The swing is the thing for these Hep­cats

Waterloo Region Record - - ARTS & LIFE - Martin De Groot Martin de Groot writes about lo­cal arts and cul­ture each Satur­day. You can reach him by email at

I met up with a cou­ple of hep­cats this week.

Water­loo Hep­cats, that is — mem­bers of the Hep­cats Swing Com­mu­nity Dance and Mu­sic Stu­dio.

A friend in­tro­duced us. I’d heard about things still hap­pen­ing in the for­mer LCBO build­ing on Erb Street, which used to be a quite a lively hub in the hey­day of the Cre­ative En­ter­prise Ini­tia­tive.

The stu­dio in its cur­rent form — as a true club, run by dancers for dancers — has been there for less than two years.

The dancers I met are vol­un­teer ex­ec­u­tive di­rec­tor Martin Hansen and Keren Ad­der­ley, who has been with the group for about a year and helps with mar­ket­ing and com­mu­ni­ca­tion.

It was Ad­der­ley who pro­vided the of­fi­cial de­scrip­tion of what the group is all about: This is “a vol­un­teer-run not-for-profit dance com­mu­nity ded­i­cated to bring­ing peo­ple in Water­loo Re­gion to­gether in an in­clu­sive com­mu­nity to share and en­joy swing dance and mu­sic.”

Or, as she put it more suc­cinctly at one point in our con­ver­sa­tion, “It’s just fun.”

To that end, the stu­dio of­fers reg­u­lar so­cial dances, spe­cial events and in­struc­tion in a range of swing dance styles, most no­tably Lindy Hop, Blues, and West Coast Swing.

The group’s 1,800-square-foot stu­dio space is avail­able for rent to the broader com­mu­nity when it isn’t booked.

A ro­tat­ing group of musicians known as the The Hep­cat Swing Band call the stu­dio home.

Swing dance, I learned, is rooted in U.S. Amer­i­can “street dance” tra­di­tions that go back to the be­gin­ning of the last cen­tury. Swing in its var­i­ous forms be­came widely pop­u­lar in the 1920s and ’30s with the rise of recorded mu­sic, ra­dio broad­cast­ing and movies with sound.

A defin­ing el­e­ment is that it’s “so­cial”: It’s about go­ing out and hav­ing fun danc­ing with oth­ers.

The form has evolved over the years. There has been a ma­jor re­vival of in­ter­est in re­cent years, start­ing in the ’80s.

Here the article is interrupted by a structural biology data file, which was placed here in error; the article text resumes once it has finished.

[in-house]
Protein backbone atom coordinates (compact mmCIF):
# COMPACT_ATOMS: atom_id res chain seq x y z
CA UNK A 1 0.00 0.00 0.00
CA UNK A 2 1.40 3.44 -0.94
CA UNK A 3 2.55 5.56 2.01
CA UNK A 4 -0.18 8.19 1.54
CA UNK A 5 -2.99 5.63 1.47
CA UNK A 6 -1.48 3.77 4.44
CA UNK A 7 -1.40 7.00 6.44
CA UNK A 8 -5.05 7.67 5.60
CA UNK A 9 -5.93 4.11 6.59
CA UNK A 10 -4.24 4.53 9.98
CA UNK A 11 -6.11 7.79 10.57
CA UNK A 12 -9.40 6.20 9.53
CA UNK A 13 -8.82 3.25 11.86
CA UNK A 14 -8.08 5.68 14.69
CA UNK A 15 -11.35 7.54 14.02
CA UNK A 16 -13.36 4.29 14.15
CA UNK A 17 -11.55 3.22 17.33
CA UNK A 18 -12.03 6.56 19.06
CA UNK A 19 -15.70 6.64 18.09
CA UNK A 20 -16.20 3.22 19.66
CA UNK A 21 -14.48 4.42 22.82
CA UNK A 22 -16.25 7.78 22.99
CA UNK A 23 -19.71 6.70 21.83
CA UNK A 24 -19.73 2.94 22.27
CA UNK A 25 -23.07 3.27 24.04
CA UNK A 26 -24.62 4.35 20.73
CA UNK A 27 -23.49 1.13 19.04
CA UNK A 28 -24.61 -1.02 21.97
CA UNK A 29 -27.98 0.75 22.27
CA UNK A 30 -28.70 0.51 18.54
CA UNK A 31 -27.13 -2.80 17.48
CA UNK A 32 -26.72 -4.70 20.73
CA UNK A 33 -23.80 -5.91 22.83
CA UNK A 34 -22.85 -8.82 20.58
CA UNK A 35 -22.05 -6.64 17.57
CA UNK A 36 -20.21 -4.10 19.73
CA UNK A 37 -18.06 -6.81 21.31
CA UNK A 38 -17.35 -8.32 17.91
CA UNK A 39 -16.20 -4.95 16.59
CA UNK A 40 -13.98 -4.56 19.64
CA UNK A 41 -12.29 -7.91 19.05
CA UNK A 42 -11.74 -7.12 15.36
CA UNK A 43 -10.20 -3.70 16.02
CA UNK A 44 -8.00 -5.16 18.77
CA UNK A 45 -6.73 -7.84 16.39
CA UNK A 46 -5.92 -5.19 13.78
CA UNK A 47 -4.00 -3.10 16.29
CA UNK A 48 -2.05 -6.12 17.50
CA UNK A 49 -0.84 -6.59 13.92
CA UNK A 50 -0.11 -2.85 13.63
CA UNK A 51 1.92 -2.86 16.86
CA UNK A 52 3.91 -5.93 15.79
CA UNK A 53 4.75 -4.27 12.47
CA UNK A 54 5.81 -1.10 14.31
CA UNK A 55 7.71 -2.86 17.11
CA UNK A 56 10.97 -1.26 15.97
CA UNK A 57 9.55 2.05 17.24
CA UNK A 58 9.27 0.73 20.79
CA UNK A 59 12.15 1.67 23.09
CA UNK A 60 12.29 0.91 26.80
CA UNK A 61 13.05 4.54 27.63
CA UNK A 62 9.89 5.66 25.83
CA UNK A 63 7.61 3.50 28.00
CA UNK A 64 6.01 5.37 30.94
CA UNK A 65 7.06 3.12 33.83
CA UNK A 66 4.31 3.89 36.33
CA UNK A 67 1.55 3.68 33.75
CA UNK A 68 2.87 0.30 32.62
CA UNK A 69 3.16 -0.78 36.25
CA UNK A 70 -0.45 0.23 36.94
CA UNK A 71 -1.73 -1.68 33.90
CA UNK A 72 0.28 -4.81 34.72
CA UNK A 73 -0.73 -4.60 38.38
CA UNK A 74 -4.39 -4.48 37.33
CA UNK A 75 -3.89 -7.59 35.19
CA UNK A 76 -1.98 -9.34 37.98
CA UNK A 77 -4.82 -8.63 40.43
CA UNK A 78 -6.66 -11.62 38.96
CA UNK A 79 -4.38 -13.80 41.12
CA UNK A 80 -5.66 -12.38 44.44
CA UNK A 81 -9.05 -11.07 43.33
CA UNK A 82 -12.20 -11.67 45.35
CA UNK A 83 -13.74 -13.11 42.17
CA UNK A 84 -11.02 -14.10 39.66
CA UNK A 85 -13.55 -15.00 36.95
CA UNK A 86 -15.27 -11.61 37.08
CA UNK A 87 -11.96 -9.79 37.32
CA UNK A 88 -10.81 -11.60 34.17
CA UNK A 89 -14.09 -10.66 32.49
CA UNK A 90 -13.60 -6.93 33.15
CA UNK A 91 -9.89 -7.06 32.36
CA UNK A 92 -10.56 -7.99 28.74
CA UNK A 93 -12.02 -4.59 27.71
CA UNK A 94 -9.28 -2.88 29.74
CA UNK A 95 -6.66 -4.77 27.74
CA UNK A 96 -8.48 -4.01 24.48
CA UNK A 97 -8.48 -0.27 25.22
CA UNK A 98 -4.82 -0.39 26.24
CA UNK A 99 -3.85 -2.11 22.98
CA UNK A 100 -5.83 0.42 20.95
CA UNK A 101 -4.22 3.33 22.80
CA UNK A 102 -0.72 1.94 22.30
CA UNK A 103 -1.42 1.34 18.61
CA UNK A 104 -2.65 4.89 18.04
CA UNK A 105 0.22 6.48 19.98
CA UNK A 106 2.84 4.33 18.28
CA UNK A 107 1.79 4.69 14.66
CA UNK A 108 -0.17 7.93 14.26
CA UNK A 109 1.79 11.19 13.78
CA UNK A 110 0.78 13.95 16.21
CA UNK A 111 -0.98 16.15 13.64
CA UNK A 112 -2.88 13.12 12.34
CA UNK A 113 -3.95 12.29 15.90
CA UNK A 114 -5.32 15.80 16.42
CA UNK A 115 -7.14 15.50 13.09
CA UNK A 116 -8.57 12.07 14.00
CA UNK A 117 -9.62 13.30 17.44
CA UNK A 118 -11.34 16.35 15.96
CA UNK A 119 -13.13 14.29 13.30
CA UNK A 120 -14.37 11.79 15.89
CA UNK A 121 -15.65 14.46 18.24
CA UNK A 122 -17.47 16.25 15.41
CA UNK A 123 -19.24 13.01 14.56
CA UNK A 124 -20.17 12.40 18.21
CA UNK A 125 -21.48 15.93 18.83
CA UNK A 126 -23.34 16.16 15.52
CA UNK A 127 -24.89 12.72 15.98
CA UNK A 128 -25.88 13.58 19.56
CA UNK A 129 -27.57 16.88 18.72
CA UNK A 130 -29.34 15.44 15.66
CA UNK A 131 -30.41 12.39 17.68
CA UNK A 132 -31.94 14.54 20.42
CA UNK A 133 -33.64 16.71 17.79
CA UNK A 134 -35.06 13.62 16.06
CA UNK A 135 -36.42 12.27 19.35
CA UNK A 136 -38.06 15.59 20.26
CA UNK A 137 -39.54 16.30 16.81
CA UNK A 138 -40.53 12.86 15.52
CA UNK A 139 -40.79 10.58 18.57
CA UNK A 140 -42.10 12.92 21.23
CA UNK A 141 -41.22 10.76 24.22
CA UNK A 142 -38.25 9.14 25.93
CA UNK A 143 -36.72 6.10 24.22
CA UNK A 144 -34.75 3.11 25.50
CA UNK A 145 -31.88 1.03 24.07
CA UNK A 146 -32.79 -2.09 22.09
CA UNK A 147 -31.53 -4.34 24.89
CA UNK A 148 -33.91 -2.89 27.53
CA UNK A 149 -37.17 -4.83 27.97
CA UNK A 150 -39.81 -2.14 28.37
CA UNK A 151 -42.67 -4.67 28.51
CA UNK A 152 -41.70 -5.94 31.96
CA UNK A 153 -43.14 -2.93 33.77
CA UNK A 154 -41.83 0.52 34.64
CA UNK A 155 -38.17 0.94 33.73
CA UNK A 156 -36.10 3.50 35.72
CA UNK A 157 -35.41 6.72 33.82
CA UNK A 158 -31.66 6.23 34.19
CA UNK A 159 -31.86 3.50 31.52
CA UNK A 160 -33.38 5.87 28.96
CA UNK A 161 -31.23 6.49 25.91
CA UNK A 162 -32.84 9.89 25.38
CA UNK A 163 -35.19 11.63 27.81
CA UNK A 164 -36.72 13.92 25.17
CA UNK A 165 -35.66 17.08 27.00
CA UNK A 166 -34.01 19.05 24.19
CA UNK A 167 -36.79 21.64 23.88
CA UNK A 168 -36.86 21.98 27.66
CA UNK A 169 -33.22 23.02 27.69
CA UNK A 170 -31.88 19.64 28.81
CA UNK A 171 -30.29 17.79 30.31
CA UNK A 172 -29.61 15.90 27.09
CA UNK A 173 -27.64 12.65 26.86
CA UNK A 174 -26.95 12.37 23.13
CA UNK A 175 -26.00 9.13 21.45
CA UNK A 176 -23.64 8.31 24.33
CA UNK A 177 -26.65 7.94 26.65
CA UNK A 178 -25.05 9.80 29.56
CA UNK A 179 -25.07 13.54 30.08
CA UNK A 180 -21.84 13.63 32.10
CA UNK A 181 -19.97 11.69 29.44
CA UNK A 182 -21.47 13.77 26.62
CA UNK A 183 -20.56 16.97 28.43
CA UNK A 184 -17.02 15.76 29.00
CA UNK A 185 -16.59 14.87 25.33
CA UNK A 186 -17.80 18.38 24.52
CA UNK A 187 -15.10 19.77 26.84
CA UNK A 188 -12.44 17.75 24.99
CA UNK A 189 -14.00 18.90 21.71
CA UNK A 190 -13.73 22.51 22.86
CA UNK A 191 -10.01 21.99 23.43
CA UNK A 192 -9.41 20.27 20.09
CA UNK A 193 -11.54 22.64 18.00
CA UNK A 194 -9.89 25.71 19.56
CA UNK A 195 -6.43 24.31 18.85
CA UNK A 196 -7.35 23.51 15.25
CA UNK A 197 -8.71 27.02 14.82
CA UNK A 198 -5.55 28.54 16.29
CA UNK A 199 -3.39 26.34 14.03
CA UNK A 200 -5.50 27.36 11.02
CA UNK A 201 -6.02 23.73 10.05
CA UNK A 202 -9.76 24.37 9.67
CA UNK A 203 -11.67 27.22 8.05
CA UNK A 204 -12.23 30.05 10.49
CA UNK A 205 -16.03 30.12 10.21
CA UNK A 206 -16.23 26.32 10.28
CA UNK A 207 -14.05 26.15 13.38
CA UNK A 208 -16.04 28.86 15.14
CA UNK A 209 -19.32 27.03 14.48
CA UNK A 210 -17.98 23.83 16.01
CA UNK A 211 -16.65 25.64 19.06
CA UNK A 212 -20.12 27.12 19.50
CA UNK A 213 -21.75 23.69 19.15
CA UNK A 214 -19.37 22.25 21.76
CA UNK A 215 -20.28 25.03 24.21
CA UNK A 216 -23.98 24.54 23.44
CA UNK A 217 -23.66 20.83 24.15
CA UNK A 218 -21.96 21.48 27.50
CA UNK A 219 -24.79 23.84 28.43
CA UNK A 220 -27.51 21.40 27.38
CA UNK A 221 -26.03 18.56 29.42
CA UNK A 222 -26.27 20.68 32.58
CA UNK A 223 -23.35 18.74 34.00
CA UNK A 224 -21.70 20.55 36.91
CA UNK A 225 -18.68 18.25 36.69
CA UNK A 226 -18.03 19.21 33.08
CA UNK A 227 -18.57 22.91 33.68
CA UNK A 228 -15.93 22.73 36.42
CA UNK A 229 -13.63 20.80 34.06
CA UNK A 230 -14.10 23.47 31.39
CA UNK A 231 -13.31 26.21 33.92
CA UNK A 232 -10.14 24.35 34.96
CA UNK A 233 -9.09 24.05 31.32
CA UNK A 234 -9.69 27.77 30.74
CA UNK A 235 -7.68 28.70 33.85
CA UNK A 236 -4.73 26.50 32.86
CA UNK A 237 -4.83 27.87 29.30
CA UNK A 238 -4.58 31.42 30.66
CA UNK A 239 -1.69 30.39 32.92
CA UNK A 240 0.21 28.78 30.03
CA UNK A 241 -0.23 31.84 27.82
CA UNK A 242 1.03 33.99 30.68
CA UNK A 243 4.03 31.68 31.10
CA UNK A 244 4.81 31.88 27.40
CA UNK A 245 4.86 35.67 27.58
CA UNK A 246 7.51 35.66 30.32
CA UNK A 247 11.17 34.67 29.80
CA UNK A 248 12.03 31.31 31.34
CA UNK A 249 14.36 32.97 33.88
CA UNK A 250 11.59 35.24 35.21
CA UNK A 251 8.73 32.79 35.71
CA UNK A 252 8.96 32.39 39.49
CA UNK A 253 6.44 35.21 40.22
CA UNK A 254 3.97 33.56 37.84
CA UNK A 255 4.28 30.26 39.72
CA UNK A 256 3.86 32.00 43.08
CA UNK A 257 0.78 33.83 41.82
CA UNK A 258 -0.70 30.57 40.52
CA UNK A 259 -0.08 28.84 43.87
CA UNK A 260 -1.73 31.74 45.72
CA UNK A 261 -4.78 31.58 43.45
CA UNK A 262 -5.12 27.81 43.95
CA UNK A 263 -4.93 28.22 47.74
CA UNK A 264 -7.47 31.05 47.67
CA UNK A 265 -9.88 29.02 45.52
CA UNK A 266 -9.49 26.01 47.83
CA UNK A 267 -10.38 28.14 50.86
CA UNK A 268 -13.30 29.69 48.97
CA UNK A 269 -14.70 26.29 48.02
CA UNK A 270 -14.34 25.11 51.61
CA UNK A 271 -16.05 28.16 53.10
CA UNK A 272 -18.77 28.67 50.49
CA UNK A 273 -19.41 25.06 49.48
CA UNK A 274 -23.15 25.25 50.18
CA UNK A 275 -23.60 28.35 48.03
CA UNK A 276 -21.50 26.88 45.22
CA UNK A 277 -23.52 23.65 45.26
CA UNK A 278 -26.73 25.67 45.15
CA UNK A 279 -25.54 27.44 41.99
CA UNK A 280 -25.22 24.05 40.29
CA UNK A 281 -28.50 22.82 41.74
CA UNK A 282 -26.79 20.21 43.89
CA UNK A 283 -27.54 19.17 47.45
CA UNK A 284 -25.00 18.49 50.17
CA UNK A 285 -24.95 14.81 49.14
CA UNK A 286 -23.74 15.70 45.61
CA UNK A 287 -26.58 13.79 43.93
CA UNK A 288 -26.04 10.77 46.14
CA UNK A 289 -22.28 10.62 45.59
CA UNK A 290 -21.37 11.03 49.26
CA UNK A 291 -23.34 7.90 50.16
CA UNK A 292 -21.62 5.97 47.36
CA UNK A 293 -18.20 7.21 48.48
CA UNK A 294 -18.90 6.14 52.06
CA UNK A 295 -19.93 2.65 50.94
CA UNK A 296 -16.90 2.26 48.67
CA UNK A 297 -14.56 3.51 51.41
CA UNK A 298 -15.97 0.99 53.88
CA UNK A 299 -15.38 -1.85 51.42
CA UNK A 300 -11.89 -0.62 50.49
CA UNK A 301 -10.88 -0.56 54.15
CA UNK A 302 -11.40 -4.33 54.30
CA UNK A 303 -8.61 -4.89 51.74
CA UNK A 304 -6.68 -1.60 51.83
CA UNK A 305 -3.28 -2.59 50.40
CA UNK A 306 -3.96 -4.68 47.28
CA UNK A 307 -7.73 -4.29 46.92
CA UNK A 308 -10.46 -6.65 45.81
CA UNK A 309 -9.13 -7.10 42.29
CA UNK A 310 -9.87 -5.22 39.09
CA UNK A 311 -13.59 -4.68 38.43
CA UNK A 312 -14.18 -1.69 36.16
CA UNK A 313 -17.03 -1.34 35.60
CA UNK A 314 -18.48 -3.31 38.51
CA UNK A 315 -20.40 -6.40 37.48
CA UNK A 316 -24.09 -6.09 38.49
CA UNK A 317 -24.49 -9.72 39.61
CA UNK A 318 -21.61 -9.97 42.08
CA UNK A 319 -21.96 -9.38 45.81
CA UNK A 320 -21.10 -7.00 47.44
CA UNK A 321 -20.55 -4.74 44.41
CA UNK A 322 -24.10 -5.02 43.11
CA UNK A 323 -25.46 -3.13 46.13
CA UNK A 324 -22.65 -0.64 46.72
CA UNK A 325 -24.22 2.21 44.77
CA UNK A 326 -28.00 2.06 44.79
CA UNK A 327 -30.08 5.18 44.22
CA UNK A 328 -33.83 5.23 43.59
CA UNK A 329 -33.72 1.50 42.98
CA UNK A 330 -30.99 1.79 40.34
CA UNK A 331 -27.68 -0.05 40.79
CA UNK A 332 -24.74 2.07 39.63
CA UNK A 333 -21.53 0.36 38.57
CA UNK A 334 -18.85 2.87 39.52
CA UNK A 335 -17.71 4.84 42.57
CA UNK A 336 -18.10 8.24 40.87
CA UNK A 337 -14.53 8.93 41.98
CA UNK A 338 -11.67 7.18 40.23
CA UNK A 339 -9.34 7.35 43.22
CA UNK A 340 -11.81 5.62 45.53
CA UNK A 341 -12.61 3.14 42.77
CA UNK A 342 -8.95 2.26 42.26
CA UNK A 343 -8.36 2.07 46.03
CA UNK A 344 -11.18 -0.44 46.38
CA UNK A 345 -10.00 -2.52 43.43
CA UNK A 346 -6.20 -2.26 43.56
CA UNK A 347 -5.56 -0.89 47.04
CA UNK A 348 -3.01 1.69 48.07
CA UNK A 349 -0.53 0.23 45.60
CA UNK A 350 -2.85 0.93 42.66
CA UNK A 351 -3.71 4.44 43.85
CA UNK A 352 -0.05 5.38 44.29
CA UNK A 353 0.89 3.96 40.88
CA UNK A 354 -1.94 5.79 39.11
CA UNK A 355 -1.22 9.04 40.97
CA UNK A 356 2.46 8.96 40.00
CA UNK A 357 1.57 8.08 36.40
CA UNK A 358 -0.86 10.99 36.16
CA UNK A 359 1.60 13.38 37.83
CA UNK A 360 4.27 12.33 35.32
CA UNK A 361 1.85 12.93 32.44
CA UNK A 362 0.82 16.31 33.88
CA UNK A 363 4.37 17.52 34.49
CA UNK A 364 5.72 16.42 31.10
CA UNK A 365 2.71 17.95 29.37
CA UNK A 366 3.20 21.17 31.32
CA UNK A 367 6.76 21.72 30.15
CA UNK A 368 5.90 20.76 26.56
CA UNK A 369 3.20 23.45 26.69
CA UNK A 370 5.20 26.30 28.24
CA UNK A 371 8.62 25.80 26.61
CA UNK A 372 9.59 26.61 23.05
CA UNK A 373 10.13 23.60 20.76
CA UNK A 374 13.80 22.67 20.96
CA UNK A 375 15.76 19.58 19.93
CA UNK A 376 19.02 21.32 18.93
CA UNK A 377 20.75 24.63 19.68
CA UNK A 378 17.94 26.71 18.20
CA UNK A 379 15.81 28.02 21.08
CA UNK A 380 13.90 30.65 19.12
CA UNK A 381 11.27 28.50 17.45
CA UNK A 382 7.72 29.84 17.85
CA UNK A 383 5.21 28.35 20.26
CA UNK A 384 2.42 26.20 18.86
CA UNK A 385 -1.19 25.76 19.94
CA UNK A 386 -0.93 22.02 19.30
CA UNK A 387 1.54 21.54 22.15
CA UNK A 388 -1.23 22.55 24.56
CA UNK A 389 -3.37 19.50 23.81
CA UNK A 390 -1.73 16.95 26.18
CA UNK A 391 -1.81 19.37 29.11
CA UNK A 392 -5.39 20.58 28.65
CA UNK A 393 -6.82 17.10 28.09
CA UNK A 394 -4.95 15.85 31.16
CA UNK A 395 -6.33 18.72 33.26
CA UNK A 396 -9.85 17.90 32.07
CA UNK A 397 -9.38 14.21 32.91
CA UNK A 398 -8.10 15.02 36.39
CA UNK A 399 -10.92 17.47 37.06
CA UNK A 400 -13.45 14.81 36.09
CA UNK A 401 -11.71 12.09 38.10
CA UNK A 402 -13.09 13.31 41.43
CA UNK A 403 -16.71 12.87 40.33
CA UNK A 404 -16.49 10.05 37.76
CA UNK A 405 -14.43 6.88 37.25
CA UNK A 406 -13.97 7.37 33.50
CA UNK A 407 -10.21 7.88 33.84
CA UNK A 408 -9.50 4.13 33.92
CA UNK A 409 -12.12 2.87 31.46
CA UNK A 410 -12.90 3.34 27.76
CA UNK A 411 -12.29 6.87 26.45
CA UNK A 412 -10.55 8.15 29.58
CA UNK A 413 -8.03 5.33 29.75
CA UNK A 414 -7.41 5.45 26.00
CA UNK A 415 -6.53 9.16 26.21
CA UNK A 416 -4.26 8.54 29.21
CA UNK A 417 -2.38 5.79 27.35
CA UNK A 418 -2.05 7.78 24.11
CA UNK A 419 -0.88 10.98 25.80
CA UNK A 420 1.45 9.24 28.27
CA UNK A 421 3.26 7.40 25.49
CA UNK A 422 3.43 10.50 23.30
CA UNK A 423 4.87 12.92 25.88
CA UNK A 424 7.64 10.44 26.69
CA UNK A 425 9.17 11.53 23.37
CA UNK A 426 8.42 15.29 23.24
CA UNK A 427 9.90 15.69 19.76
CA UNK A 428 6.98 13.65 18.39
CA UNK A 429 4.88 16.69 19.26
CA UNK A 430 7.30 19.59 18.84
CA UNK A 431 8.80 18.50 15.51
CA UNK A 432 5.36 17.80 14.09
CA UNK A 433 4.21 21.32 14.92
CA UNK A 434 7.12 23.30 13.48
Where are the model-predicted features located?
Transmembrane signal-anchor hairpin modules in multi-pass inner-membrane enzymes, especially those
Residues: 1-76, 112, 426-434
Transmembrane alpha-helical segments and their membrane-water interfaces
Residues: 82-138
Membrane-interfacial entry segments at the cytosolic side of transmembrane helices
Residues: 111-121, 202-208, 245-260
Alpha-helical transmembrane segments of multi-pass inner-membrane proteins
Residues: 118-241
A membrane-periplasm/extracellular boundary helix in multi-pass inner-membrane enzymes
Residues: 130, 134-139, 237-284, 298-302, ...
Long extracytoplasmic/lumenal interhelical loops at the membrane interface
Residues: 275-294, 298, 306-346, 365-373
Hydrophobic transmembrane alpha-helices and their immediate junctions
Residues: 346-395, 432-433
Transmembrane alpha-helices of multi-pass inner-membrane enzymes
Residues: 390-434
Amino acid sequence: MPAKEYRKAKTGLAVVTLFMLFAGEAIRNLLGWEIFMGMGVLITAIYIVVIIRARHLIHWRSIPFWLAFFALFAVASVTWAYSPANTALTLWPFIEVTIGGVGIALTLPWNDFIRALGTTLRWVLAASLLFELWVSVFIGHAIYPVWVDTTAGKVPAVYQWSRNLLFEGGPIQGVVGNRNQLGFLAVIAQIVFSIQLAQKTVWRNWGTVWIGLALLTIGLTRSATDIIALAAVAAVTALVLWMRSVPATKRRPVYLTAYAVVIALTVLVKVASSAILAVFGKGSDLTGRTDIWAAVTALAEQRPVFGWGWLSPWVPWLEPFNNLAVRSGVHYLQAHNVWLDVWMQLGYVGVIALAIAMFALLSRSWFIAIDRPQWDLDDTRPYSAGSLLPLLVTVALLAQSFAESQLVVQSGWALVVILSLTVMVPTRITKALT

The cur­rent form as prac­tised by the Hep­cats in Water­loo along with sim­i­lar groups all over North Amer­ica and the world at large is pri­mar­ily paired danc­ing. Dancers work from a shared set of “lead­ing” and “fol­low­ing” prin­ci­ples, which al­lows par­tic­i­pants from dif­fer­ent places to “com­mu­ni­cate and im­pro­vise to­gether.”

Some va­ri­eties, like the Lindy Hop, re­flect the jazz ori­gins of the form. West Coast Swing is the most ver­sa­tile: it al­lows danc­ing to al­most any pop­u­lar mu­sic style.

Over time, swing dance cul­ture has de­vel­oped a re­laxed at­ti­tude re­gard­ing tra­di­tional gen­der roles. Men or women can lead or fol­low. Any­one can ask some­one to dance. A paired danc­ing team doesn’t have to be of dif­fer­ent gen­ders.

If you’re in­ter­ested in mak­ing swing dance part of your life, or if dance is or has been part of your life and you’re seek­ing a new out­let, check out Hep­cats Swing.

Septem­ber startup is an ideal time to con­nect: Fall classes start the week of Sept. 24. There are a num­ber of of­fer­ings for be­gin­ners: For West Coast Swing, there is an in­tro­duc­tion to the ba­sics class from 6 to 7 p.m. and an all-lev­els class from 7 to 9 p.m. ev­ery Wed­nes­day. For Lindy Hop there is a level one class on Mon­days from 8 to 9 p.m. and for Blues there are drop-in all-lev­els classes ev­ery se­cond Sun­day from 7 to 9 p.m.

There’s also a spe­cial dance event hap­pen­ing tonight (Satur­day): Jazz trum­peter Jon Seiger and his band will per­form for both lis­ten­ers and dancers. Seiger, who stud­ied with Jimmy Gi­uf­fre, John McNeill and Roy Eldridge and has per­formed all over the world, is one of very few per­form­ing deaf musicians.

The evening be­gins with a swing dance be­gin­ner les­son at 8:30 p.m.; the mu­sic starts at 9 p.m. Ad­mis­sion is $15; $13 for stu­dents.

For de­tails on all Hep­cats Swing Com­mu­nity Dance and Mu­sic Stu­dio classes, dances and spe­cial events, go to hep­


The Hep­cats dancers in the group’s Erb Street stu­dio.

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